Lumbar spinal stenosis may cause radicular symptoms (numbness, tingling, burning) in the buttocks, thighs, legs, and feet (also called sciatica). In addition, weakness of the legs (or “foot drop”), and decreased pain with leaning forward or sitting (this is due to increasing the size of the spinal canal and reducing pressure on the affected nerves). In severe cases, the pain can be constant. Although rare, severe cases of stenosis can cause paraplegia or significant loss of function.
When diagnosing lumbar stenosis, doctors must determine whether progressive dysfunction (myelopathy) is present as a result of the spinal cord compression.
While extremely rare, progressive cases of lumbar stenosis with myelopathy may result in weakness and paralysis, thus making accurate diagnosis and treatment especially important.
Treatment of spinal stenosis can be treated conservatively at our clinic with chiropractic, acupuncture, massage therapy, and physical therapy modalities. In more severe cases, spinal surgery consultation may be required.
Sciatica is the medical term used to describe pain traveling in the distribution of the sciatic nerve. Sciatica is a symptom caused by a disorder occurring in the lumbar spine.
The most common causes of sciatica include: lumbar bulging/herniated disc (the extruding disc pushes on the nerve), lumbar spinal stenosis (encroachment of the spinal canal can put pressure on the affected nerves), spondylolisthesis (vertebral slippage can place pressure on the nerves), trauma, piriformis syndrome (tightness of muscle overlying sciatic nerve can put pressure on the sciatic nerve), and spinal tumors (in rare instances).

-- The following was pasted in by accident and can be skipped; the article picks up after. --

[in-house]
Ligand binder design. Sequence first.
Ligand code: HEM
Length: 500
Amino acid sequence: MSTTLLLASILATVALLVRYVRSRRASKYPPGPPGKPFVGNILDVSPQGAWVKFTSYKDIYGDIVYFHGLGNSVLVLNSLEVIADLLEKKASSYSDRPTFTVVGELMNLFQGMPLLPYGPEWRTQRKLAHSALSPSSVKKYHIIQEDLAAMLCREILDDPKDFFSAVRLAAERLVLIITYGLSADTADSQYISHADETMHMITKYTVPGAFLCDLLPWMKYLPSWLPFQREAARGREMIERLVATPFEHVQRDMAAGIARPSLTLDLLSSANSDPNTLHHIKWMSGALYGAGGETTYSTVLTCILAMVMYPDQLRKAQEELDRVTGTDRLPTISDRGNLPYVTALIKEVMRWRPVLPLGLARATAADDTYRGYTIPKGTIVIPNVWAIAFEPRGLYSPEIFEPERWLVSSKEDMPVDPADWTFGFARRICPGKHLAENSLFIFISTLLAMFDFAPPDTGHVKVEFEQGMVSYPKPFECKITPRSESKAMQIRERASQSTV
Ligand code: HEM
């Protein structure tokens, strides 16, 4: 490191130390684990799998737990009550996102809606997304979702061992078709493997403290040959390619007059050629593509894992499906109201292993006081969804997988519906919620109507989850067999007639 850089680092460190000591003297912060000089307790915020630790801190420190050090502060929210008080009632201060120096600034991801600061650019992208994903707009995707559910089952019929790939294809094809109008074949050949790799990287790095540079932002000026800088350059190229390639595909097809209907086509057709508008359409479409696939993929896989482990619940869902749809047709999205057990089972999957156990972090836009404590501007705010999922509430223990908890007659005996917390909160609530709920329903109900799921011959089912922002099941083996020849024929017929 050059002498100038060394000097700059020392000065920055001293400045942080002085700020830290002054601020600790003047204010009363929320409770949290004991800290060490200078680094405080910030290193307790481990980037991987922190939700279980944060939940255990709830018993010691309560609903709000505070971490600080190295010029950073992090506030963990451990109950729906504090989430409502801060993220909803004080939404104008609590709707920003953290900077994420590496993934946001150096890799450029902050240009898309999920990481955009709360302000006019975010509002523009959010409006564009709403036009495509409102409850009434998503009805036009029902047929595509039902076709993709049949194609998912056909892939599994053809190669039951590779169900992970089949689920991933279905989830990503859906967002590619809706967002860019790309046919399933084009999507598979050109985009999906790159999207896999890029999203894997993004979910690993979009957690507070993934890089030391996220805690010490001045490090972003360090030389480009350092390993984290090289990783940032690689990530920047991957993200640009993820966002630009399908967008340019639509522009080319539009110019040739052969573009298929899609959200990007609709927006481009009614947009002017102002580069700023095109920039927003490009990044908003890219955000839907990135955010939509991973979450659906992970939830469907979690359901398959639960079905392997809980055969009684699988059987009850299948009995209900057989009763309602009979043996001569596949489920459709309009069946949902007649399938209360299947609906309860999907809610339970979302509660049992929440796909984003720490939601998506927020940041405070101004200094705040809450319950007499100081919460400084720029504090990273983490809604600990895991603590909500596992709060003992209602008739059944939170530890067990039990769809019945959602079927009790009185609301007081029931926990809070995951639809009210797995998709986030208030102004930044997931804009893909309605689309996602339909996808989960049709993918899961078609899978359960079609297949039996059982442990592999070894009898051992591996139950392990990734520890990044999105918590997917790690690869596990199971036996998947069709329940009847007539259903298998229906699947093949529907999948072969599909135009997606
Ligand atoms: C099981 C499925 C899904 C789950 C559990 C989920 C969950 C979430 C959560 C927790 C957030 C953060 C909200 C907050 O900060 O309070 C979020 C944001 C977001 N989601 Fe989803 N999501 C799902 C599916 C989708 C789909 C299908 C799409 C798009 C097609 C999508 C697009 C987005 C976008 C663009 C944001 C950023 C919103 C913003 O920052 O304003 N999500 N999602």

The sciatic nerve is the largest nerve in the human body, travelling from your low back down to your feet. Patients suffering from sciatica usually are between the ages of 30 and 50 years. It may happen as a result of the general wear and tear of aging, or any sudden pressure on the disks that cushion the bones (vertebrae) of your lower spine.
Sciatica is generally caused by sciatic nerve compression, resulting from mechanical dysfunction of the spinal column or direst pressure from tight muscles.
Treatments such as acupuncture, massage therapy, and specific exercises allow the tight muscles to relax and reduce pressure on the sciatic nerve. Green Health Acupuncture can specialize a treatment plan specifically for you to maximize results and reduce painful symptoms.